When does breaching a contract also violate the antitrust laws? On June 9, 2014, a unanimous panel of the Second Circuit affirmed a district court ruling that an alleged monopolist patent-holding drug manufacturer’s alleged breach of an agreement to supply the patented drug to competing manufacturers did not violate Section 2 of the Sherman Act.1
The defendant manufactures and owns the patents covering a widely-prescribed drug used to treat attention-deficit/hyperactivity disorder. Shortly after the FDA approved the distribution of the drug in 2001, generic pharmaceutical companies filed applications to manufacture and sell its generic equivalent. They certified, pursuant to the Hatch-Waxman Act,2 that the generic versions would not infringe the patents involved, or that the patents were invalid. The patent holder responded by bringing patent infringement lawsuits against the generic manufacturers, again pursuant to the Hatch-Waxman Act, which provides an automatic 30-month stay on generics’ FDA applications when the patent holder files an infringement lawsuit.3
The parties settled their patent litigation five years later, in 2006. The settlement provided that the generics would drop their challenge to the patents and stay out of the market for three years, even if their FDA applications were granted before then. In exchange, they would receive licenses to manufacture and sell the drug starting in 2009; or, if their FDA applications were not approved by then, the patent holder would supply the generics with the drug, which they could then sell, unbranded, in the market.4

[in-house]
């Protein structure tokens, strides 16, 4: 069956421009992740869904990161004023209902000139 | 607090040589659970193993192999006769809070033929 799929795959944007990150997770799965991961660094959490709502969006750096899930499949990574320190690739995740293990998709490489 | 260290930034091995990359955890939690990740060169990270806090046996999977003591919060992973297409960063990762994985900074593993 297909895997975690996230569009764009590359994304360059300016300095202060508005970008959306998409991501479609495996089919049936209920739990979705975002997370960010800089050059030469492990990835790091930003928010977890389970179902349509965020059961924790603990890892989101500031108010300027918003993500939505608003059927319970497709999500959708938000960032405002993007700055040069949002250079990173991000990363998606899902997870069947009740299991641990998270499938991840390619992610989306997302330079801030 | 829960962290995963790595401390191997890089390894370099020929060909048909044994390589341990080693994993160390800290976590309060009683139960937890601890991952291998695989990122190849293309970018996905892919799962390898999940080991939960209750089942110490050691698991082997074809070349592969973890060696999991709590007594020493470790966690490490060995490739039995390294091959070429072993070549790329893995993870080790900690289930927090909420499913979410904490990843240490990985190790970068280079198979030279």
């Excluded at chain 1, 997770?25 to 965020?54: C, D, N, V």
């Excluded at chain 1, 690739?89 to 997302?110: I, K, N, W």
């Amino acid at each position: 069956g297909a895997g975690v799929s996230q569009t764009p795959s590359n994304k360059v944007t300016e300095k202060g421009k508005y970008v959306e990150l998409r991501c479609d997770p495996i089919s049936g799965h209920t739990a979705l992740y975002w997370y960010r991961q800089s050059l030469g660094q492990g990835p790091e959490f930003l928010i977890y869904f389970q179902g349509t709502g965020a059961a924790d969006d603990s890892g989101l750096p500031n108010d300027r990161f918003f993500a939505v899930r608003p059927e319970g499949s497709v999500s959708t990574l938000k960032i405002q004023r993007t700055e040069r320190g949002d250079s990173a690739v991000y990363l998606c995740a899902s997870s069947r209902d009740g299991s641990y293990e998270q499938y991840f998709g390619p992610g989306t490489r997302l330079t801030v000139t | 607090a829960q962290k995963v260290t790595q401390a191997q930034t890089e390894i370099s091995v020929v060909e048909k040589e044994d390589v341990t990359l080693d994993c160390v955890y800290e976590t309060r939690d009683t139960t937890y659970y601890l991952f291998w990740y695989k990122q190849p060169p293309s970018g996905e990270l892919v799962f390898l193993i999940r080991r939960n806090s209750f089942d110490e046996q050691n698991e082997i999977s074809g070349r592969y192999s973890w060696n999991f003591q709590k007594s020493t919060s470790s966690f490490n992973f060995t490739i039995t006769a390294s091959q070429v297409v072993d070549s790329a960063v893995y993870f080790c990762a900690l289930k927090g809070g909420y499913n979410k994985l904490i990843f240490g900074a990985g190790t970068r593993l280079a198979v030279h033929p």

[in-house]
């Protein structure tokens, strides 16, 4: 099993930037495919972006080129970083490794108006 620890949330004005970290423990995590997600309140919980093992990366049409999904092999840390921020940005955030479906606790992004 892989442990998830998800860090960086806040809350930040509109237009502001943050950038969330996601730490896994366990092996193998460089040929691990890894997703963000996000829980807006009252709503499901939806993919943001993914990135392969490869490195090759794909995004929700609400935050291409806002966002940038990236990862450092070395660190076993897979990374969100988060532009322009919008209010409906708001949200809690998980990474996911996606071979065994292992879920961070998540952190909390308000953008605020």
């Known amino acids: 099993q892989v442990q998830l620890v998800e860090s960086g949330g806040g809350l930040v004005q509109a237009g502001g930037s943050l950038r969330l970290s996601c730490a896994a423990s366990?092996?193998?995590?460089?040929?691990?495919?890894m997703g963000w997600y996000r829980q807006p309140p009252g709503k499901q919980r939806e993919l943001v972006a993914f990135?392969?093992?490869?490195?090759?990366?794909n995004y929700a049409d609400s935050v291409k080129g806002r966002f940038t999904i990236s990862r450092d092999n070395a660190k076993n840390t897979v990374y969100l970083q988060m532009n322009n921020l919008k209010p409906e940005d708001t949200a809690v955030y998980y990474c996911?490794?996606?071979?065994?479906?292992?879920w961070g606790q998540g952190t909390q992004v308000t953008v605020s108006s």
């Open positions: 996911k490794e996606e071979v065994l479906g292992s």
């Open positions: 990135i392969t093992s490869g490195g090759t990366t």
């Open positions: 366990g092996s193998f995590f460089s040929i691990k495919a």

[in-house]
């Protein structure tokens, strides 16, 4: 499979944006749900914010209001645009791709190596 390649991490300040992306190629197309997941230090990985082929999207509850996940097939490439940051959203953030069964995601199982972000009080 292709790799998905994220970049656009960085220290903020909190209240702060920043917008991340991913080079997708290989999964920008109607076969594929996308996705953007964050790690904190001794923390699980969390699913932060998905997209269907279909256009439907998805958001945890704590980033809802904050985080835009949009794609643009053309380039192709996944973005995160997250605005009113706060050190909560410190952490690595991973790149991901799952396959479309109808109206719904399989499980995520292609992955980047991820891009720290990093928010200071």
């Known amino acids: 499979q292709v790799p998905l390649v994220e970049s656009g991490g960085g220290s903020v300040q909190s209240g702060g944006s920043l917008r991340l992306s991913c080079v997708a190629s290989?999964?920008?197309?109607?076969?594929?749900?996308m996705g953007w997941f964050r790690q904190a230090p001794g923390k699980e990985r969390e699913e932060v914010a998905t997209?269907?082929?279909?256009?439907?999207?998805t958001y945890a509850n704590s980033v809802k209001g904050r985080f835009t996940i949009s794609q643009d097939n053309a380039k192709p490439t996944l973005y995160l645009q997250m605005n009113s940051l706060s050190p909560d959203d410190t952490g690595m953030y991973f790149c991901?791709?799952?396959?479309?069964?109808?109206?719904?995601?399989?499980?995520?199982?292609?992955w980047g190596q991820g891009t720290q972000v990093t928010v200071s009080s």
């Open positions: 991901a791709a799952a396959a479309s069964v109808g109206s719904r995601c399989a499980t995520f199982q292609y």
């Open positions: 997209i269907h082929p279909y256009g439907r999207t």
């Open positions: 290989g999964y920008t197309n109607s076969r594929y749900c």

The Allegations of the Complaint
The plaintiff drug wholesalers in the case before the Second Circuit, alleged that the patent holder breached the settlement agreements just months after they were signed by failing to provide the generics with enough of the product to meet the wholesalers’ needs.5 The wholesalers alleged that this, in turn, caused the price of the generics to rise, and protected the market for the patent holder’s brand – relegating the generics to only 50-60 percent of the market, rather than the 90 percent they expected.6 The wholesaler plaintiffs contended that this breach of the settlement agreements by the patent holder constituted a monopolistic refusal to deal with prospective competitors, foreclosed under Section 2 of the Sherman Act by the Supreme Court’s 1985 decision in Aspen Skiing Co. v. Aspen Highlands Skiing Corp.7 In Aspen Skiing, the Supreme Court held that while non-monopolists have the absolute right to refuse to deal with any competitor, a monopolist cannot so choose when it has a history of prior dealings with that competitor,8 and when ending those dealings resulted in the monopolist’s foregoing of short term profits. (It has long been the law that non-monopolists have an absolute right to unilaterally refuse to do business with competitors).9
Judge Marrero, in the Southern District of New York, granted the patent holder’s motion to dismiss,10 largely relying on the Second Circuit’s decision in In re Tamoxifen Citrate Antitrust Litig.11 Judge Marrero determined that because the terms of the patents were not extended – that is, because the generic manufacturers were not paid to stay out of the market after the applicable patents expired – the Second Circuit’s previous Tamoxifen decision precluded antitrust claims arising out of the agreements.12 He further found that Aspen Skiing did not govern, as the patent holding manufacturer had no obligation to provide any license to the generics whatsoever.